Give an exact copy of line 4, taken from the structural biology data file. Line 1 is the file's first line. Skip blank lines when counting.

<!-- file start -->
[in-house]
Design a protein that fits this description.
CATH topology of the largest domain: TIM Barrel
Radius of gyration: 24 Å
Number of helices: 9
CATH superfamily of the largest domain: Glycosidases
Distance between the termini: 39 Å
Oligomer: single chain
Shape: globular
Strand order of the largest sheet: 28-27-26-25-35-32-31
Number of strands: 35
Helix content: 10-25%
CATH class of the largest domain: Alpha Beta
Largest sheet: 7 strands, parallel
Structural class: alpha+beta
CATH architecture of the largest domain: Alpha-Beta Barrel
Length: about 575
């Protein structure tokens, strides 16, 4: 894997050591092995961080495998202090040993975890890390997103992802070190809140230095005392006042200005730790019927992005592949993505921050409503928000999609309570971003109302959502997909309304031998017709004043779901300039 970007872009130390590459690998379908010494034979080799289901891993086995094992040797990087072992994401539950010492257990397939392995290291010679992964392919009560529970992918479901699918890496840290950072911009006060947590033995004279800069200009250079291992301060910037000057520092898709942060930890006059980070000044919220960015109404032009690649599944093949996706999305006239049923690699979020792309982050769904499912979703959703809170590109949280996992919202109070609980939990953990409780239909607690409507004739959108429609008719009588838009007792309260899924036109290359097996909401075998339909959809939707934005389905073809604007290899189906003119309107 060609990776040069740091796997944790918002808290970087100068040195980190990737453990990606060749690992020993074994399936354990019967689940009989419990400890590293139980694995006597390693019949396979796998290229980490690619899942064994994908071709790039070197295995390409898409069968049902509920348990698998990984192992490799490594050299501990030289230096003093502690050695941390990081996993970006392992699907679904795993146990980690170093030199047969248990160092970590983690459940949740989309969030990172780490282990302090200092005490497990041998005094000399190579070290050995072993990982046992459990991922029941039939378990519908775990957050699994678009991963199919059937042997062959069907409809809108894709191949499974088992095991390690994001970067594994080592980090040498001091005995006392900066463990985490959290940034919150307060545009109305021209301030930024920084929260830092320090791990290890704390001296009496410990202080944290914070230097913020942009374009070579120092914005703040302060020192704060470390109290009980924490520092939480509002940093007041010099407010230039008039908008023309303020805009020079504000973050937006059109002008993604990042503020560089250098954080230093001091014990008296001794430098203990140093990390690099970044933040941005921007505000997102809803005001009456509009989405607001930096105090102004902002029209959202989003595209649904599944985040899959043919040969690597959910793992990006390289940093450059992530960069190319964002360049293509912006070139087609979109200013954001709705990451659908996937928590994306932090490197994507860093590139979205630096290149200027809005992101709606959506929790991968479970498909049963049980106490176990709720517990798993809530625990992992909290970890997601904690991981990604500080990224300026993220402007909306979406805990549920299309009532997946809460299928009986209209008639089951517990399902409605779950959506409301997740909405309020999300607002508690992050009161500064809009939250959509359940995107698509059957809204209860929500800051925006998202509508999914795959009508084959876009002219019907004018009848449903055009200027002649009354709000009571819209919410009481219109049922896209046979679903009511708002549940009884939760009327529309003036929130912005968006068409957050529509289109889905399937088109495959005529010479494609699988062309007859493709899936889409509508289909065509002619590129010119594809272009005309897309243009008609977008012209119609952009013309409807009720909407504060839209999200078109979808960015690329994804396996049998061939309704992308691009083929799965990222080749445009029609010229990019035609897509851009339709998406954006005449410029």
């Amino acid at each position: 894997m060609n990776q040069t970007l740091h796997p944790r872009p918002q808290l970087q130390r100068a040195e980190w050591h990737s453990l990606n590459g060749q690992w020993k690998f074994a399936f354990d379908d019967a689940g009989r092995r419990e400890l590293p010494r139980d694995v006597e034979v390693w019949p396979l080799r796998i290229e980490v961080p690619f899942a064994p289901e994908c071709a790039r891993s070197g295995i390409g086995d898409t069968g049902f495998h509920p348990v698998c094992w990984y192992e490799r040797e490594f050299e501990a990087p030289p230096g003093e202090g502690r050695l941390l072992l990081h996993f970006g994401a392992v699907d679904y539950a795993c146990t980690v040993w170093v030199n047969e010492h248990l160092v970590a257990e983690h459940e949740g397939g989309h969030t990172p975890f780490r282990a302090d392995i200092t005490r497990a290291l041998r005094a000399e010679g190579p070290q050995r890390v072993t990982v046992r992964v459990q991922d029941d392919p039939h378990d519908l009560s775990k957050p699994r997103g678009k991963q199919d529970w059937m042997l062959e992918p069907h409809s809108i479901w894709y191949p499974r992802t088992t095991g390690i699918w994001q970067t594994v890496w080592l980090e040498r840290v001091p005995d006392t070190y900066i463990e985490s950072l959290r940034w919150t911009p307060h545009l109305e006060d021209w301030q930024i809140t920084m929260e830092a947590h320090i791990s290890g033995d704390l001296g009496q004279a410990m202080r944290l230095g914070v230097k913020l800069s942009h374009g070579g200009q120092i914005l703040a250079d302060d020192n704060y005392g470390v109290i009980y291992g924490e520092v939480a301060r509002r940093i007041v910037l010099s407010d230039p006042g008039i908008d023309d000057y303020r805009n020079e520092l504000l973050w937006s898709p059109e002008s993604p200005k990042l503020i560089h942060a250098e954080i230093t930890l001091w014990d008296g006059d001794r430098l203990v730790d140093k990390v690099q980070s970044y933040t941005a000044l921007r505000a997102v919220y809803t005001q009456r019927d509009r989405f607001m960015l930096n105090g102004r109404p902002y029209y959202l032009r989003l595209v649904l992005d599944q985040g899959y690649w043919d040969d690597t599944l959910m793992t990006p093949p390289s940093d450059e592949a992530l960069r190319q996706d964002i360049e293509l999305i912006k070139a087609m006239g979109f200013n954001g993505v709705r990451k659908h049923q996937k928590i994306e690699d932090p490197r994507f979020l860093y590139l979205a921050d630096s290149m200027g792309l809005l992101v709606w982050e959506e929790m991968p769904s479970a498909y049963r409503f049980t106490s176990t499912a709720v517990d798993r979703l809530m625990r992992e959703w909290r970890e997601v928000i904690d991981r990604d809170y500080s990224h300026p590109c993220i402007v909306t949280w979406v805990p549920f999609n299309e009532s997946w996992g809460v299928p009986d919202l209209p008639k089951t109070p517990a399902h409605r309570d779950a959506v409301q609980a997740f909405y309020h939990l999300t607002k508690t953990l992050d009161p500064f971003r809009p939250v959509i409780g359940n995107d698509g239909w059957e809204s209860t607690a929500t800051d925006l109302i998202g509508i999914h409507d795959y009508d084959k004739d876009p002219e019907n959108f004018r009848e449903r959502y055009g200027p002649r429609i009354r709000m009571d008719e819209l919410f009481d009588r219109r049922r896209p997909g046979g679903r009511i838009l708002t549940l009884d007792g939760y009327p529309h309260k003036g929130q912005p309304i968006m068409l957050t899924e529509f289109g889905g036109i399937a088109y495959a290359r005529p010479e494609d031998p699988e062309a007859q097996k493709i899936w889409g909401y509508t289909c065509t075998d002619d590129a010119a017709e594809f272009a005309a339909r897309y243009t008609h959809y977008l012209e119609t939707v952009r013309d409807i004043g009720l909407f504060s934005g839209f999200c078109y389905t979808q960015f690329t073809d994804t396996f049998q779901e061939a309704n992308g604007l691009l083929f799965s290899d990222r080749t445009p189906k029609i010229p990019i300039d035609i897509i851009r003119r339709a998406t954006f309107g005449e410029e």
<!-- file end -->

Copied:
Radius of gyration: 24 Å